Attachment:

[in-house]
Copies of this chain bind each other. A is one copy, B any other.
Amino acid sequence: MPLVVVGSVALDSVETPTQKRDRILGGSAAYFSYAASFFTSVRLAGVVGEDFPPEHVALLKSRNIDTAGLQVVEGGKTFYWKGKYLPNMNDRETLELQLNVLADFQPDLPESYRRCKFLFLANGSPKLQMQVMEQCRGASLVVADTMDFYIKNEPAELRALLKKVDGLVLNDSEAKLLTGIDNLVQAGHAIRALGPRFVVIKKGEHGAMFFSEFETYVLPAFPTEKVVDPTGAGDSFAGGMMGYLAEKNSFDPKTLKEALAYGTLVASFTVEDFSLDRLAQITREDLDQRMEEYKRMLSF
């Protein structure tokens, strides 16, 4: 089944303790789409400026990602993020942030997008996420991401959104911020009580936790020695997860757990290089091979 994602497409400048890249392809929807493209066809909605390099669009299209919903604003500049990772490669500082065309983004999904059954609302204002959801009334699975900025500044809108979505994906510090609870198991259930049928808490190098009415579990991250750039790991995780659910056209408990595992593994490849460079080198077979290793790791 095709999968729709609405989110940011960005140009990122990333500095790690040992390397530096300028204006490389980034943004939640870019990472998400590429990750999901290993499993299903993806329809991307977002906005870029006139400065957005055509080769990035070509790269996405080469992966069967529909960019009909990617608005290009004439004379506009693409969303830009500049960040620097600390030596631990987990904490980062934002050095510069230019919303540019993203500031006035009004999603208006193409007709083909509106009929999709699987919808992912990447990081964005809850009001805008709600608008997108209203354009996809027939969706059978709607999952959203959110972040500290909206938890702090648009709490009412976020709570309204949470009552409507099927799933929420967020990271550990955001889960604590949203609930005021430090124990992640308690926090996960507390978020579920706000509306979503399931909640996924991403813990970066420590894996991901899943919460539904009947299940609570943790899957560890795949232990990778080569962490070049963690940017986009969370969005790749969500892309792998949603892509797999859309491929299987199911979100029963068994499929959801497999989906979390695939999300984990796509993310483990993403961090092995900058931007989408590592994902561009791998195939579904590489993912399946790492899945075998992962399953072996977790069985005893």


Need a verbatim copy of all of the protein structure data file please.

[in-house]
Copies of this chain bind each other. A is one copy, B any other.
Amino acid sequence: MPLVVVGSVALDSVETPTQKRDRILGGSAAYFSYAASFFTSVRLAGVVGEDFPPEHVALLKSRNIDTAGLQVVEGGKTFYWKGKYLPNMNDRETLELQLNVLADFQPDLPESYRRCKFLFLANGSPKLQMQVMEQCRGASLVVADTMDFYIKNEPAELRALLKKVDGLVLNDSEAKLLTGIDNLVQAGHAIRALGPRFVVIKKGEHGAMFFSEFETYVLPAFPTEKVVDPTGAGDSFAGGMMGYLAEKNSFDPKTLKEALAYGTLVASFTVEDFSLDRLAQITREDLDQRMEEYKRMLSF
């Protein structure tokens, strides 16, 4: 089944303790789409400026990602993020942030997008996420991401959104911020009580936790020695997860757990290089091979 994602497409400048890249392809929807493209066809909605390099669009299209919903604003500049990772490669500082065309983004999904059954609302204002959801009334699975900025500044809108979505994906510090609870198991259930049928808490190098009415579990991250750039790991995780659910056209408990595992593994490849460079080198077979290793790791 095709999968729709609405989110940011960005140009990122990333500095790690040992390397530096300028204006490389980034943004939640870019990472998400590429990750999901290993499993299903993806329809991307977002906005870029006139400065957005055509080769990035070509790269996405080469992966069967529909960019009909990617608005290009004439004379506009693409969303830009500049960040620097600390030596631990987990904490980062934002050095510069230019919303540019993203500031006035009004999603208006193409007709083909509106009929999709699987919808992912990447990081964005809850009001805008709600608008997108209203354009996809027939969706059978709607999952959203959110972040500290909206938890702090648009709490009412976020709570309204949470009552409507099927799933929420967020990271550990955001889960604590949203609930005021430090124990992640308690926090996960507390978020579920706000509306979503399931909640996924991403813990970066420590894996991901899943919460539904009947299940609570943790899957560890795949232990990778080569962490070049963690940017986009969370969005790749969500892309792998949603892509797999859309491929299987199911979100029963068994499929959801497999989906979390695939999300984990796509993310483990993403961090092995900058931007989408590592994902561009791998195939579904590489993912399946790492899945075998992962399953072996977790069985005893």